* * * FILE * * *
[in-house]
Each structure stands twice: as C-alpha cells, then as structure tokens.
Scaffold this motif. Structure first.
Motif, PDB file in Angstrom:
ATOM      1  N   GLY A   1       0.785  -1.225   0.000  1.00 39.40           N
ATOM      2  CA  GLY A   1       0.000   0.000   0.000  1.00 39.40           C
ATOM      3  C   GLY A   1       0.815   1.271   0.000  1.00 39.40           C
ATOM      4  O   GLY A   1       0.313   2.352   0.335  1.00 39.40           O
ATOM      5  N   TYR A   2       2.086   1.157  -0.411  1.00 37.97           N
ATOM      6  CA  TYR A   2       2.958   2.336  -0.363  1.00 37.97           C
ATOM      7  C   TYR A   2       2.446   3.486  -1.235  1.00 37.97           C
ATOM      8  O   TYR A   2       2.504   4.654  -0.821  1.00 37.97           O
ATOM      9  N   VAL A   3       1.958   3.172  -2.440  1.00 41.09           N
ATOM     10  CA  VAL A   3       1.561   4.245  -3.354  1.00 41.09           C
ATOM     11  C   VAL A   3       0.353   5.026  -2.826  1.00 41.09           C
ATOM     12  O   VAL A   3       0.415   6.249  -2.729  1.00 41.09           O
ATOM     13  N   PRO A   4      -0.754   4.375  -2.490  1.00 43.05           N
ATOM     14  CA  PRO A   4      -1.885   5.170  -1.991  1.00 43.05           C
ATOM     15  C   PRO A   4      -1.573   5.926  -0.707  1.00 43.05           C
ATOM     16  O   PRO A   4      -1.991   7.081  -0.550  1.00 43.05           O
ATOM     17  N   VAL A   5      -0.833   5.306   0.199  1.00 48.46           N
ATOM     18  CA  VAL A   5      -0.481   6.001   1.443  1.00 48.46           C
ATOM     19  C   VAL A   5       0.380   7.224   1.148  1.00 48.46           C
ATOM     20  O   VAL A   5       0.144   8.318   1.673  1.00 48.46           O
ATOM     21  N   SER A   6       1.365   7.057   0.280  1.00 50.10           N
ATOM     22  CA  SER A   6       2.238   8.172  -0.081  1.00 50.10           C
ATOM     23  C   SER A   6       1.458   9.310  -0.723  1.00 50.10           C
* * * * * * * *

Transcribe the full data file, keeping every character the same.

[in-house]
Each structure stands twice: as C-alpha cells, then as structure tokens.
Scaffold this motif. Structure first.
Motif, PDB file in Angstrom:
ATOM      1  N   GLY A   1       0.785  -1.225   0.000  1.00 39.40           N
ATOM      2  CA  GLY A   1       0.000   0.000   0.000  1.00 39.40           C
ATOM      3  C   GLY A   1       0.815   1.271   0.000  1.00 39.40           C
ATOM      4  O   GLY A   1       0.313   2.352   0.335  1.00 39.40           O
ATOM      5  N   TYR A   2       2.086   1.157  -0.411  1.00 37.97           N
ATOM      6  CA  TYR A   2       2.958   2.336  -0.363  1.00 37.97           C
ATOM      7  C   TYR A   2       2.446   3.486  -1.235  1.00 37.97           C
ATOM      8  O   TYR A   2       2.504   4.654  -0.821  1.00 37.97           O
ATOM      9  N   VAL A   3       1.958   3.172  -2.440  1.00 41.09           N
ATOM     10  CA  VAL A   3       1.561   4.245  -3.354  1.00 41.09           C
ATOM     11  C   VAL A   3       0.353   5.026  -2.826  1.00 41.09           C
ATOM     12  O   VAL A   3       0.415   6.249  -2.729  1.00 41.09           O
ATOM     13  N   PRO A   4      -0.754   4.375  -2.490  1.00 43.05           N
ATOM     14  CA  PRO A   4      -1.885   5.170  -1.991  1.00 43.05           C
ATOM     15  C   PRO A   4      -1.573   5.926  -0.707  1.00 43.05           C
ATOM     16  O   PRO A   4      -1.991   7.081  -0.550  1.00 43.05           O
ATOM     17  N   VAL A   5      -0.833   5.306   0.199  1.00 48.46           N
ATOM     18  CA  VAL A   5      -0.481   6.001   1.443  1.00 48.46           C
ATOM     19  C   VAL A   5       0.380   7.224   1.148  1.00 48.46           C
ATOM     20  O   VAL A   5       0.144   8.318   1.673  1.00 48.46           O
ATOM     21  N   SER A   6       1.365   7.057   0.280  1.00 50.10           N
ATOM     22  CA  SER A   6       2.238   8.172  -0.081  1.00 50.10           C
ATOM     23  C   SER A   6       1.458   9.310  -0.723  1.00 50.10           C